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` *-----------------------------------------------------------------------------* | 6       57      9       | 234     2345    2345    |-1347   @1245    8       | | 23      58      23      | 7       458     1       |#469    #4569   #569     | | 4       578     1       | 69      2358    69      | 37     @25     -2357    | |-------------------------+-------------------------+-------------------------| | 157     9       8       | 123     6       2357    | 17     @12      4       | | 157     2       46      | 1489    1457    45789   | 16789   3       1679    | | 17      3       46      | 12489   1247    2479    | 5       12689   12679   | |-------------------------+-------------------------+-------------------------| | 239     1       23      | 5       34      3468    | 34689   7       369     | | 8       46      57      | 12346   9       23467   | 1346    1456    1356    | | 39      46      57      | 13468   1347    34678   | 2       145689  13569   | *-----------------------------------------------------------------------------*`

ALS A (@): r134c8={1245}
ALS B (#): r2c789={4569}
x,z=4|5

Therefore r1c7<>4 & r3c9<>5

But ronk's ALS-xz definitely works too. Actually there is a similar move in the 13-clue Sudoku X thread lately:
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` *-----------------------------------------------------------------------------* |@14      56-789 @3789    | 1245    678     2359    | 56      379     48      | | 2589   @47     @3789    | 45      678     359     | 56      1       239     | | 2589    56-789 @1347    | 145     678     359     | 48      379     239     | |-------------------------\-------------------------/-------------------------| | 589     145789  147-8-9 | 37      2       6       | 48      39      3489    | | 89      4789    47-8-9  | 37      5       1       | 2       6       3489    | | 3       2       6       | 9       4       8       | 1       5       7       | |-------------------------/-------------------------\-------------------------| | 14      14      2       | 6       3       7       | 9       8       5       | | 6       3       5       | 8       9       4       | 7       2       1       | | 7       89     #89      | 25      1       25      | 3       4       6       | *-----------------------------------------------------------------------------*`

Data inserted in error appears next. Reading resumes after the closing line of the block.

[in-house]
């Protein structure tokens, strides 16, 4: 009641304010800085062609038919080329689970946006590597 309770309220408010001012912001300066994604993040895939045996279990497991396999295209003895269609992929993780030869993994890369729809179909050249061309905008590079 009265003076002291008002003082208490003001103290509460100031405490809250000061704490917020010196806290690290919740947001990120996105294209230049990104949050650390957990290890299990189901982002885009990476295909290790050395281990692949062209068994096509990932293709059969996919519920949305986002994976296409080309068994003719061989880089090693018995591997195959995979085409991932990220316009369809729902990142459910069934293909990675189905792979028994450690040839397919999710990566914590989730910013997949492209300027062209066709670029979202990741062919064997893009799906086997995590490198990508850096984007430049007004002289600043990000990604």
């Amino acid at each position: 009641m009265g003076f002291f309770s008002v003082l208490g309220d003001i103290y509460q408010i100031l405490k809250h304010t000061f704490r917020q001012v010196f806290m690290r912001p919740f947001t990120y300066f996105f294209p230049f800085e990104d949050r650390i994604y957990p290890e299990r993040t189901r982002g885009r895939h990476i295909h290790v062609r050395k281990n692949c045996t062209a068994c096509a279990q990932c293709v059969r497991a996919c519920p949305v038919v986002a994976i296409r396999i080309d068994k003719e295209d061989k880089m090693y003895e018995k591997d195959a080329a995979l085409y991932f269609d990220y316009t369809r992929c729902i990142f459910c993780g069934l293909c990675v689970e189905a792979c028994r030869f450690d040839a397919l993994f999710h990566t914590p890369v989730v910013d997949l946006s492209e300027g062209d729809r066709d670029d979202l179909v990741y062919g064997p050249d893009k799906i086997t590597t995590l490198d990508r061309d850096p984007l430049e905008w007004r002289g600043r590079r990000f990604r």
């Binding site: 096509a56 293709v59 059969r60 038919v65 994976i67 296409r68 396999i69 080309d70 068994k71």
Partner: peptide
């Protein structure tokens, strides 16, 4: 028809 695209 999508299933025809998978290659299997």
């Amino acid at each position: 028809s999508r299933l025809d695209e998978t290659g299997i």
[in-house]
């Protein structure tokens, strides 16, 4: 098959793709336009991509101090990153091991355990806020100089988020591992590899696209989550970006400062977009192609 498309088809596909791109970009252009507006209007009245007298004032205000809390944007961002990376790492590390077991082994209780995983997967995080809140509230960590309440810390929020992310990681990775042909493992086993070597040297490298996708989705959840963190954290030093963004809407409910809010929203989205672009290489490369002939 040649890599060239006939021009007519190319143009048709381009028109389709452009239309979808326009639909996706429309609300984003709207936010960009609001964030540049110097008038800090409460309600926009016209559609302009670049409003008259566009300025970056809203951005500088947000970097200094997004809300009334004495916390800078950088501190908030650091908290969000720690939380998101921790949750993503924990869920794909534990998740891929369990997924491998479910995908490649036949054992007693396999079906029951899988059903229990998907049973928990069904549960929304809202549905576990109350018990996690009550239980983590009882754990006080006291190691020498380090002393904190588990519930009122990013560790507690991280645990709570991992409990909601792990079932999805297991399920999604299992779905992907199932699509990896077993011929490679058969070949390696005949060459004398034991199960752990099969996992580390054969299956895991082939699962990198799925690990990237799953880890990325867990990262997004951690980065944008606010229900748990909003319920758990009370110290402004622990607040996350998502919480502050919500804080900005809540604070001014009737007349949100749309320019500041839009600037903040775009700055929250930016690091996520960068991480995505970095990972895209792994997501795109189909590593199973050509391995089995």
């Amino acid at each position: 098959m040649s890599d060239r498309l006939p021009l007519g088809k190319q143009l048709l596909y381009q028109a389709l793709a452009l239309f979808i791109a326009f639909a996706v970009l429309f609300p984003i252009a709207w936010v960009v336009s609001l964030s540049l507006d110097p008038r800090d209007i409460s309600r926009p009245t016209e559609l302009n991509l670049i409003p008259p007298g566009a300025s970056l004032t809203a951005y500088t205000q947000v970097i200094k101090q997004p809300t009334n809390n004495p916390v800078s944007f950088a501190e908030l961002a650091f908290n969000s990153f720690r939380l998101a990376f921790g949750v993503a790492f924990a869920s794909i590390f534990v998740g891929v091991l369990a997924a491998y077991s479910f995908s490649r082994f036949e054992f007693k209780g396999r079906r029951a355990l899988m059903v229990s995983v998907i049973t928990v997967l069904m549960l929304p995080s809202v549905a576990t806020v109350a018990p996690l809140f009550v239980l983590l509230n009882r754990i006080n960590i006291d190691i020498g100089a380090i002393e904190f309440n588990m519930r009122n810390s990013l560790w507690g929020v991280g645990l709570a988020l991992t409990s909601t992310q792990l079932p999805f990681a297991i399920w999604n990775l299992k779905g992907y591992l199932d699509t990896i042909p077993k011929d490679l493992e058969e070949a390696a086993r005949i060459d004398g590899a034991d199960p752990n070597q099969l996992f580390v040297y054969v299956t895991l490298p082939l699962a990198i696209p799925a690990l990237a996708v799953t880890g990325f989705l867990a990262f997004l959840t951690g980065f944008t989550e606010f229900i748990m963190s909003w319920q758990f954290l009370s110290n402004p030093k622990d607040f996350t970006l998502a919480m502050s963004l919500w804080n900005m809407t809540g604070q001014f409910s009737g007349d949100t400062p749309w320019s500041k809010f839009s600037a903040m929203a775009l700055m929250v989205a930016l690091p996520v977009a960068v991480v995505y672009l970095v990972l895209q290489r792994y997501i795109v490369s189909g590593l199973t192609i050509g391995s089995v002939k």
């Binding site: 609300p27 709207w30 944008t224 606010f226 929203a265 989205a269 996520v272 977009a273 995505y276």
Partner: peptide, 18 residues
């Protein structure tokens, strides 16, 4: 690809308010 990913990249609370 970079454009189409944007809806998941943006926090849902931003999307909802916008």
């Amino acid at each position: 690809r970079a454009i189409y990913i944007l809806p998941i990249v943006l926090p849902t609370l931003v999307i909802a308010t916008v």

Dual ALS-xz rule:
ALS A (@): r1c1+r2c2+r123c3={134789}
ALS B (#): r9c3={89}
x,z=8|9

Therefore r45c3<>{89}
=> r1c1+r2c2+r123c3={13478|13479}, both naked quint in b1